Home > technical > Normal, Slave, Almost Dead, Wimp, Unstable

Normal, Slave, Almost Dead, Wimp, Unstable


Mr. William T. Powers is the creator (discoverer?) of “Perceptual Control Theory” (PCT). In a nutshell, PCT asserts that “behavior controls perception“. His idea is the exact opposite of the stubborn, entrenched, behaviorist mindset which auto-assumes that “perception controls behavior“.

This (PCT) interpretation of behavior is not like any conventional one. Once understood, it seems to match the phenomena of behavior in an effortless way. Before the match can be seen, however, certain phenomena must be recognized. As is true for all theories, phenomena are shaped by theories as much as theories are shaped by phenomena. – Bill Powers

On the Living Control Systems III web page, you can download software that contains 13 interactive demos of PCT in action:

The other day, I spent several hours experimenting with the “LiveBlock” demo in an attempt to understand PCT more deeply. When the demo is launched, the majority of the window is occupied by a fundamental, building-block feedback control system:

When the “Auto-Disturbance” radio option in the lower left corner is clicked to “on“, a multi-signal time trace below the model springs to life:

As you can see, while operating under stable, steady-state circumstances, the system does what it was designed to do. It purposefully and continuously changes its “observable” output behavior such that its internal (and thus, externally unobservable) perceptual signal tracks its internal reference signal (also externally unobservable) pretty closely – in spite of being continuously disturbed by “something on the outside“. When the external disturbance is turned off, the real-time trace goes flat; as expected. The perceptual signal starts tracking the reference signal dead nutz on the money such that the difference between it and the reference is negligible:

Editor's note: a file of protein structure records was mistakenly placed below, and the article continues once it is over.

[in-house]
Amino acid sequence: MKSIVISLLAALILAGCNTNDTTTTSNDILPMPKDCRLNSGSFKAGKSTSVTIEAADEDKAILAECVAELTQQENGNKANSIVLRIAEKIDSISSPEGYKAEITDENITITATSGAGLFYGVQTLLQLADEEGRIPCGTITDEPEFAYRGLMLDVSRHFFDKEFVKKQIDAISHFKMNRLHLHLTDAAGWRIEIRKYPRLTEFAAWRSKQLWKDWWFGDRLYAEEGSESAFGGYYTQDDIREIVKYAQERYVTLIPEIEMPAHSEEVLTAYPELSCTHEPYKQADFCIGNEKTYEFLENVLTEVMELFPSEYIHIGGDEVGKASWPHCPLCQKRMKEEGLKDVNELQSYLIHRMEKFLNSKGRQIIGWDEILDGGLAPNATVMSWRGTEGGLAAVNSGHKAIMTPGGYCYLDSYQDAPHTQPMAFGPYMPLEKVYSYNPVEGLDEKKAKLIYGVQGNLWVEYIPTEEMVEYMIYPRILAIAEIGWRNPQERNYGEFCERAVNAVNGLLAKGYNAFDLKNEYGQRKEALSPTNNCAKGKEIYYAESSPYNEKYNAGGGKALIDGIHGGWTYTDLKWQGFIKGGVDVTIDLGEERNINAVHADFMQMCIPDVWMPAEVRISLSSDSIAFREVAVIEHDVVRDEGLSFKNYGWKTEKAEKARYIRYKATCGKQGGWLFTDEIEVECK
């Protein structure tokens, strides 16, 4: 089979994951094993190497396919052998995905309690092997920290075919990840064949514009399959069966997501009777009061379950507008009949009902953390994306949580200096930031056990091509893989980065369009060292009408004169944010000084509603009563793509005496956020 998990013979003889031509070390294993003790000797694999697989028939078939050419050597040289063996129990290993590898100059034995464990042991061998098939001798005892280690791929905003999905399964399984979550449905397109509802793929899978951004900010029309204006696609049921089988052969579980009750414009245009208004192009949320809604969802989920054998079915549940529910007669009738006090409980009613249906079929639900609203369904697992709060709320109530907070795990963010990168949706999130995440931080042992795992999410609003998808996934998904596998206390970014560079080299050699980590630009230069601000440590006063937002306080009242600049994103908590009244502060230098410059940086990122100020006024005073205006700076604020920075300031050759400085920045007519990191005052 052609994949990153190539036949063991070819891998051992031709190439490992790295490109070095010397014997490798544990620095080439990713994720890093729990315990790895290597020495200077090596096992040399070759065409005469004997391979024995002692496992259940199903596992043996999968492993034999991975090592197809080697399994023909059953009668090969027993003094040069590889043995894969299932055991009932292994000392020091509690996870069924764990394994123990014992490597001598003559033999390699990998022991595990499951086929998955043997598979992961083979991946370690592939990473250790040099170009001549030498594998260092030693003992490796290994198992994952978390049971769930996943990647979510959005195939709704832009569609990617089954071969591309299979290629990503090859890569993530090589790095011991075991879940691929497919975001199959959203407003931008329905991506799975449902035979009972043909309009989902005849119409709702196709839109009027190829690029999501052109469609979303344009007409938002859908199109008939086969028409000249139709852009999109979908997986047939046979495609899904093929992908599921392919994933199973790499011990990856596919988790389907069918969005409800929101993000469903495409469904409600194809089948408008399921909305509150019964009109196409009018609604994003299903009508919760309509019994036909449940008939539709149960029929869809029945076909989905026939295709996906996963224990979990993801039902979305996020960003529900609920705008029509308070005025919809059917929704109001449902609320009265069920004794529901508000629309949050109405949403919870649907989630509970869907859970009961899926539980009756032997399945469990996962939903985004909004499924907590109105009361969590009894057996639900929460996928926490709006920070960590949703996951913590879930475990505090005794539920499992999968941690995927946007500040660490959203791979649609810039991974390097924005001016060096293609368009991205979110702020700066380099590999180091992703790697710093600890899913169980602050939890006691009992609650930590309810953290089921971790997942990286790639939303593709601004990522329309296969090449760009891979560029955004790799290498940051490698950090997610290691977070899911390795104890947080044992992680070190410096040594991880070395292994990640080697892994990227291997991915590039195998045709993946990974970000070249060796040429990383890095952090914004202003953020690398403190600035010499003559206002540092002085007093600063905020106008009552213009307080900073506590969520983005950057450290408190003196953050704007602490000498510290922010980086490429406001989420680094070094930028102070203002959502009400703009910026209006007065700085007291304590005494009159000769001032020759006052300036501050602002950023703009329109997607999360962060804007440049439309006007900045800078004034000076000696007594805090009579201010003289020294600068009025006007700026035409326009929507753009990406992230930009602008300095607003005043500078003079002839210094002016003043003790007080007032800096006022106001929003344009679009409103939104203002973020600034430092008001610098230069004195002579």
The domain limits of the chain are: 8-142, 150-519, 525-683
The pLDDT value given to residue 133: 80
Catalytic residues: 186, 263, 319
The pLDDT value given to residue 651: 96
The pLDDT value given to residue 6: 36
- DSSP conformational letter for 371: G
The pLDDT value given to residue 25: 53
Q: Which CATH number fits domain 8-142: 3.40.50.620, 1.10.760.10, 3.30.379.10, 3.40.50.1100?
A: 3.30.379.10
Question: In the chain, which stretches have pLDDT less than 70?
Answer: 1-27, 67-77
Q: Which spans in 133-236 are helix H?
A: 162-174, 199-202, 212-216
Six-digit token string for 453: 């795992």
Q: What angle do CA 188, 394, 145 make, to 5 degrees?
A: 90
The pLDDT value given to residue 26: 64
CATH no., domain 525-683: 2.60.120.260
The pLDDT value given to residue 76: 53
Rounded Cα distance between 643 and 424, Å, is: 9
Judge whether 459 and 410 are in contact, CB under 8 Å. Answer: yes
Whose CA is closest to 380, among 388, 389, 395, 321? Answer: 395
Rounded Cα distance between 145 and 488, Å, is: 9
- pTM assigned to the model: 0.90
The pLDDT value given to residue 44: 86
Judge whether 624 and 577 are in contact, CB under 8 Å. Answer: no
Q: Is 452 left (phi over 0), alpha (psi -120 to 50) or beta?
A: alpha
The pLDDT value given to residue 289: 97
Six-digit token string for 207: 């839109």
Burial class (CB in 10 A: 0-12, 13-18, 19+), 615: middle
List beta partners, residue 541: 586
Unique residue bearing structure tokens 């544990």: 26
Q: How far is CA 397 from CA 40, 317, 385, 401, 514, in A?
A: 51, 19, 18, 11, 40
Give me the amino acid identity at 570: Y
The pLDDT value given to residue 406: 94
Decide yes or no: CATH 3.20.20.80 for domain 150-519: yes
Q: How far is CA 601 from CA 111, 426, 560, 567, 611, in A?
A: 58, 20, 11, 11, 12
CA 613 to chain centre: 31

The Sliders

Turning the disturbance signal “on/off” is not the only thing you can experiment with. When enabled via the control panel to the left of the model (not shown in the clip below),  six parameter sliders are  displayed:

So, let’s move some of those sliders to see how they affect the system’s operation.

The Slave

First, we’ll break the feedback loop by decreasing the “Feedback Gain” setting to zero:

Almost Dead

Next, let’s disable the input to the system by moving the “Input Gain” slider as far to the left as we can:

The Wimp

Next, let’s cripple the system’s output behavior by moving the “Output Gain” slider as far to the left as we can:

Let’s Go Unstable!

Finally, let’s first move the “Input Delay” slider to the right to decrease the response time and then subsequently move the “Output Time Constant” slider to the left to increase the reaction time:

So, what are you? Normal, a slave, almost dead, a wimp, or an unstable wacko (like BD00)?

I’ve always been pretty much a blue-collar type, by training and by preference. – Bill Powers

  1. W. Livingston
    August 2, 2012 at 11:07 am | #1

    A distinguishing characteristic of social system stability, as computed by control theory such as this, is that it is impossible even to attempt to defy those stability limits.

    • August 3, 2012 at 6:09 am | #2

      Interesting. But in individuals it is possible? Also, can individual instability be caused by too much gain?

      Thanks.

  2. William Livingston
    April 8, 2013 at 7:39 am | #3

    The comparison of Powers to Starkermann is essentially congruent. Starkermann was doing this dynamic simulation on university mainframes by 1962.

  1. August 9, 2012 at 5:39 am | #1
  2. August 17, 2012 at 6:03 am | #2
  3. March 18, 2013 at 5:49 am | #3

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